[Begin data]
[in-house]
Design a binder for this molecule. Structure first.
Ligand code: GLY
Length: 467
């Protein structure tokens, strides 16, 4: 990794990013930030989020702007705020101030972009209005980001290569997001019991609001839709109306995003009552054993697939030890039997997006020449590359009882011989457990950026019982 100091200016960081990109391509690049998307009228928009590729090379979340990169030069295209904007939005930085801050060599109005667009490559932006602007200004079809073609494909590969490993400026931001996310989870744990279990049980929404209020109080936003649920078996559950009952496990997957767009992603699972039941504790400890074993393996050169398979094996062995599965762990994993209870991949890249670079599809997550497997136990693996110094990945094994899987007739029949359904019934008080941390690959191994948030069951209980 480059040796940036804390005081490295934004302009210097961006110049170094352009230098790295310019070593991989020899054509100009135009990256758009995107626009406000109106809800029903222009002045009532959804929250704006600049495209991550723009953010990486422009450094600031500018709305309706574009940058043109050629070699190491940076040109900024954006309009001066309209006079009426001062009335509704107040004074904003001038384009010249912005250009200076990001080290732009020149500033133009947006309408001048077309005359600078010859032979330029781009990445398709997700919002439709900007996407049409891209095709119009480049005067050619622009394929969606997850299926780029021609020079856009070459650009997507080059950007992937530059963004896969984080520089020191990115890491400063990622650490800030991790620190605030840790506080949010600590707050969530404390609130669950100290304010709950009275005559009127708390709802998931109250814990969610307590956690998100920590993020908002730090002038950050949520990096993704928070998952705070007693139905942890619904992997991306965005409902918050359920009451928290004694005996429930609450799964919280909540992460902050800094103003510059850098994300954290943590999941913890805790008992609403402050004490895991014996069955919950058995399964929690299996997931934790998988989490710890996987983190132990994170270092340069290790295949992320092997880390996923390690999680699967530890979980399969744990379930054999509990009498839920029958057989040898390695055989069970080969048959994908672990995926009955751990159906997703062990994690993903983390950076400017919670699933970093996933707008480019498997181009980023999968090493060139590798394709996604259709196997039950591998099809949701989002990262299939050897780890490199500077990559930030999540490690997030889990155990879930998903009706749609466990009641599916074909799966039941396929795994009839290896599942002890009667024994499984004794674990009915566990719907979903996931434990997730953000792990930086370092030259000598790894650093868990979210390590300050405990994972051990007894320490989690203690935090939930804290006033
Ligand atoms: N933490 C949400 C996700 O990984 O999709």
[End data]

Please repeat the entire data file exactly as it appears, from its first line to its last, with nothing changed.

[in-house]
Design a binder for this molecule. Structure first.
Ligand code: GLY
Length: 467
């Protein structure tokens, strides 16, 4: 990794990013930030989020702007705020101030972009209005980001290569997001019991609001839709109306995003009552054993697939030890039997997006020449590359009882011989457990950026019982 100091200016960081990109391509690049998307009228928009590729090379979340990169030069295209904007939005930085801050060599109005667009490559932006602007200004079809073609494909590969490993400026931001996310989870744990279990049980929404209020109080936003649920078996559950009952496990997957767009992603699972039941504790400890074993393996050169398979094996062995599965762990994993209870991949890249670079599809997550497997136990693996110094990945094994899987007739029949359904019934008080941390690959191994948030069951209980 480059040796940036804390005081490295934004302009210097961006110049170094352009230098790295310019070593991989020899054509100009135009990256758009995107626009406000109106809800029903222009002045009532959804929250704006600049495209991550723009953010990486422009450094600031500018709305309706574009940058043109050629070699190491940076040109900024954006309009001066309209006079009426001062009335509704107040004074904003001038384009010249912005250009200076990001080290732009020149500033133009947006309408001048077309005359600078010859032979330029781009990445398709997700919002439709900007996407049409891209095709119009480049005067050619622009394929969606997850299926780029021609020079856009070459650009997507080059950007992937530059963004896969984080520089020191990115890491400063990622650490800030991790620190605030840790506080949010600590707050969530404390609130669950100290304010709950009275005559009127708390709802998931109250814990969610307590956690998100920590993020908002730090002038950050949520990096993704928070998952705070007693139905942890619904992997991306965005409902918050359920009451928290004694005996429930609450799964919280909540992460902050800094103003510059850098994300954290943590999941913890805790008992609403402050004490895991014996069955919950058995399964929690299996997931934790998988989490710890996987983190132990994170270092340069290790295949992320092997880390996923390690999680699967530890979980399969744990379930054999509990009498839920029958057989040898390695055989069970080969048959994908672990995926009955751990159906997703062990994690993903983390950076400017919670699933970093996933707008480019498997181009980023999968090493060139590798394709996604259709196997039950591998099809949701989002990262299939050897780890490199500077990559930030999540490690997030889990155990879930998903009706749609466990009641599916074909799966039941396929795994009839290896599942002890009667024994499984004794674990009915566990719907979903996931434990997730953000792990930086370092030259000598790894650093868990979210390590300050405990994972051990007894320490989690203690935090939930804290006033
Ligand atoms: N933490 C949400 C996700 O990984 O999709």